I am sure there are guys out there that can put in 10,000 plus km in year. But for a father of four living in the Great White North with a full time job and a growing sailing addiction, this has been a BIG YEAR indeed. I have loved every kilometer of it and the pleasure sharing those rides with JubJub, Sudsy, Woody, Alister, El Capitan, Blair, The Hulk, Quadzilla, SnowMeal, Rooster, Doug, Luc, Fred, Martin, J-B, Simon, Pascal, The Rotters, Team Kat, Morgan Foreman, Les Boys, Shlowy, Maddy and Patate. I really want to thank you all for sharing the road with me on this Tour de Francois.   

Isolation via @xkcd



I could not agree more, this is an old trope from coffee shop anthropologists who really don’t get it at all. What you witness in every scene is humanity reaching out and trying to connect it’s far reaches. Granted that watching 6 seconds clips of guys getting kicked in the balls is probably a little far reaching than reading Jules Verne’s Around the World in 80 days or scanning National Geographic. But I will give everyone in the above the benefit of the doubt in that not all of were looking at African Boobies.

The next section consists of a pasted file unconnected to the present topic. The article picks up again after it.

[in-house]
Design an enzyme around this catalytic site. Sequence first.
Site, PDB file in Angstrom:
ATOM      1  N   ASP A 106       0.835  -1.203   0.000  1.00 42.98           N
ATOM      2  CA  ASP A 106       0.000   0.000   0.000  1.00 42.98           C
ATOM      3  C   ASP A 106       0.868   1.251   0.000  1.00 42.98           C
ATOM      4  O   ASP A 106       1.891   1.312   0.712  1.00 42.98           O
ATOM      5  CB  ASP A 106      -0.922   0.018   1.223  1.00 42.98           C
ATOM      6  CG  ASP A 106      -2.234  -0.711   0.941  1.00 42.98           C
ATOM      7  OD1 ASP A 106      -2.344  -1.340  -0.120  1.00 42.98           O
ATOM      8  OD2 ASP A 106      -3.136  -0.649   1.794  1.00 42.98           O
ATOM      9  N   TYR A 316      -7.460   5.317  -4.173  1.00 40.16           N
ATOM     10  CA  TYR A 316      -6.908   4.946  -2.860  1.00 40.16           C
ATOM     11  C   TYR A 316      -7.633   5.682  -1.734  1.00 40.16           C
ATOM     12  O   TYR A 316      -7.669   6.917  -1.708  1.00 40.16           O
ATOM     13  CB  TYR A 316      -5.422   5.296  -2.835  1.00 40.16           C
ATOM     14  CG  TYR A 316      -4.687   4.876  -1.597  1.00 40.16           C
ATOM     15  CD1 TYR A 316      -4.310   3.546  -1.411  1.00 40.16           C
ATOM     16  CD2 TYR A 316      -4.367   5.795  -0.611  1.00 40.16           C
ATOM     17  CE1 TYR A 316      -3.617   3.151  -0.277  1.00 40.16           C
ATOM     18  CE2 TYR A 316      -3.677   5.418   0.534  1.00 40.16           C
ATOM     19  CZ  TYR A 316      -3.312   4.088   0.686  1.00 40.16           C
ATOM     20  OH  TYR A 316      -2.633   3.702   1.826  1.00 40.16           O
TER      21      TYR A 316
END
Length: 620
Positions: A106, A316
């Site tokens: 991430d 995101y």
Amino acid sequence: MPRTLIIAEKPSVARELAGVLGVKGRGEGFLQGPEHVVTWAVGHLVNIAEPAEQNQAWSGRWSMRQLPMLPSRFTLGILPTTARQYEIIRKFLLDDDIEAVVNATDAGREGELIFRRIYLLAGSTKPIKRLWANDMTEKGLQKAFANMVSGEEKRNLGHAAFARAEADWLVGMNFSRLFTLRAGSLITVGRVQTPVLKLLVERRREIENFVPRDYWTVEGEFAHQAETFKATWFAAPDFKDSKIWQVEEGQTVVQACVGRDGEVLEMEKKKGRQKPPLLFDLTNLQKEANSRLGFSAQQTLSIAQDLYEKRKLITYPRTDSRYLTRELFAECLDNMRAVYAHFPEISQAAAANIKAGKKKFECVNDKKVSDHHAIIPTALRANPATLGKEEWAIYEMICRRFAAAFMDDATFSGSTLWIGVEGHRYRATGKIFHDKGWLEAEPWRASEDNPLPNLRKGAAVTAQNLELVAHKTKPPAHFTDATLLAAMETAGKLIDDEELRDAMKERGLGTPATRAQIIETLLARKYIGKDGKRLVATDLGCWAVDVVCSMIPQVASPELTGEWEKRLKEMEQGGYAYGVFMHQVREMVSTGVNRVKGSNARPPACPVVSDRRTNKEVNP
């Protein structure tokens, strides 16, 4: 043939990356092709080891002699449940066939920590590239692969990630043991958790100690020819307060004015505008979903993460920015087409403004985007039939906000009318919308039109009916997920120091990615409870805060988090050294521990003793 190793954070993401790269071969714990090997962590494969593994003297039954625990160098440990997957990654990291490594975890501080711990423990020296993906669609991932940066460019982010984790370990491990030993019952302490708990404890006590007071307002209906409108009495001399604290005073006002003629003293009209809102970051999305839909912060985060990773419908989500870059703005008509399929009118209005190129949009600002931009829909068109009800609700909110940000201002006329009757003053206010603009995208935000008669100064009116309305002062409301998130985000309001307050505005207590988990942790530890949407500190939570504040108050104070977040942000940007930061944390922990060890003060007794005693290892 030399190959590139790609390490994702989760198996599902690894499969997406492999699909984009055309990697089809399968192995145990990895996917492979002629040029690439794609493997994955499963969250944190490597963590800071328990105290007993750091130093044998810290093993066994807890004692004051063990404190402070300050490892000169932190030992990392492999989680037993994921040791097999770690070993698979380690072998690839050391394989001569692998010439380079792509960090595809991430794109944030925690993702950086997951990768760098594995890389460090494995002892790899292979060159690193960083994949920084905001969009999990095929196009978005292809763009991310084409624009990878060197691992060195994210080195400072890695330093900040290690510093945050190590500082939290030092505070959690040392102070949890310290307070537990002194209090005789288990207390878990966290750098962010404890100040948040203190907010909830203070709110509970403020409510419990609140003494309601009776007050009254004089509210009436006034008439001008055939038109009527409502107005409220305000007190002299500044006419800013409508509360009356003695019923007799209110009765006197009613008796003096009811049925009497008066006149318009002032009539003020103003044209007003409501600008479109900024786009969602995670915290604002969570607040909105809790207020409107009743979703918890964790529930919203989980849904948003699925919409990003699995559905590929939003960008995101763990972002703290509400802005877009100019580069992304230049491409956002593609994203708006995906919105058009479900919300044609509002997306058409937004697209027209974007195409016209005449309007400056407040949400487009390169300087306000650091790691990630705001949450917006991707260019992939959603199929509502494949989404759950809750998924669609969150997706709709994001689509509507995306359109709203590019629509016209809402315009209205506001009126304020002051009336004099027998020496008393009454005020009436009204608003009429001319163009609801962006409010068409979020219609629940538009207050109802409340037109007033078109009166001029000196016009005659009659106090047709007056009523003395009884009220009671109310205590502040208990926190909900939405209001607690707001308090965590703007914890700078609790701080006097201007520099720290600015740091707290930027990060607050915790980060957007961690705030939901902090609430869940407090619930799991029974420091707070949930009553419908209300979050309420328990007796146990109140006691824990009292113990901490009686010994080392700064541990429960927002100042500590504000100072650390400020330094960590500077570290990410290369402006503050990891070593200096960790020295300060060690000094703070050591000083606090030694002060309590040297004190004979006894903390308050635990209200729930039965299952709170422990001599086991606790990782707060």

Selfie-related injuries and deaths versus shark & cow attacks 

The simple fact that the following list exists is scary enough, but the fact that the death total is higher than shark attacks is just mind blowing. Thankfully the death tole is still not as high as cow related deaths at 22 because everyone knows that cows are the real killer of the sea.


  • A 21-year-old South African woman died after falling from Northcliff Hill, Johannesburg as a male companion was setting up a tripod for a selfie. Reports vary as to the identity of the companion.[21][22]
  • Two young men died in the Ural mountains as they pulled the pin from a hand grenade to take a selfie, which remained as evidence of the circumstances of their deaths.[23]
  • Three Indian students aged 20 to 22 died trying to take a “daredevil selfie” close to an oncoming train.[24]


  • An 18-year-old Romanian teenager died when she attempted to take the “ultimate selfie”, posing with a friend on top of a train in the north-eastern Romanian city of Iași when her leg touched a live wire above, sending an electrical surge of up to 27,000 volts through her body. A 17-year-old friend who accompanied her was hospitalised.[25]
  • A teenager climbed on a railway bridge in the Ryazan region in Russia to take a selfie and died when he came in contact with live wires.[26]
  • A 21-year-old Russian woman asked a security guard at her office to give her a 9-millimeter rubber-bullet pistol for taking a selfie and accidentally shot herself in the head sustaining heavy injuries.[27]
  • A 21-year-old man from Yogyakarta, Indonesia fell into the crater of Mount Merapi and died while attempting to take a selfie.[28][29]
  • A Singaporean tourist died after falling into the sea while taking a selfie on a cliff in Nusa Lembongan, an island off the coast of Bali, Indonesia[30]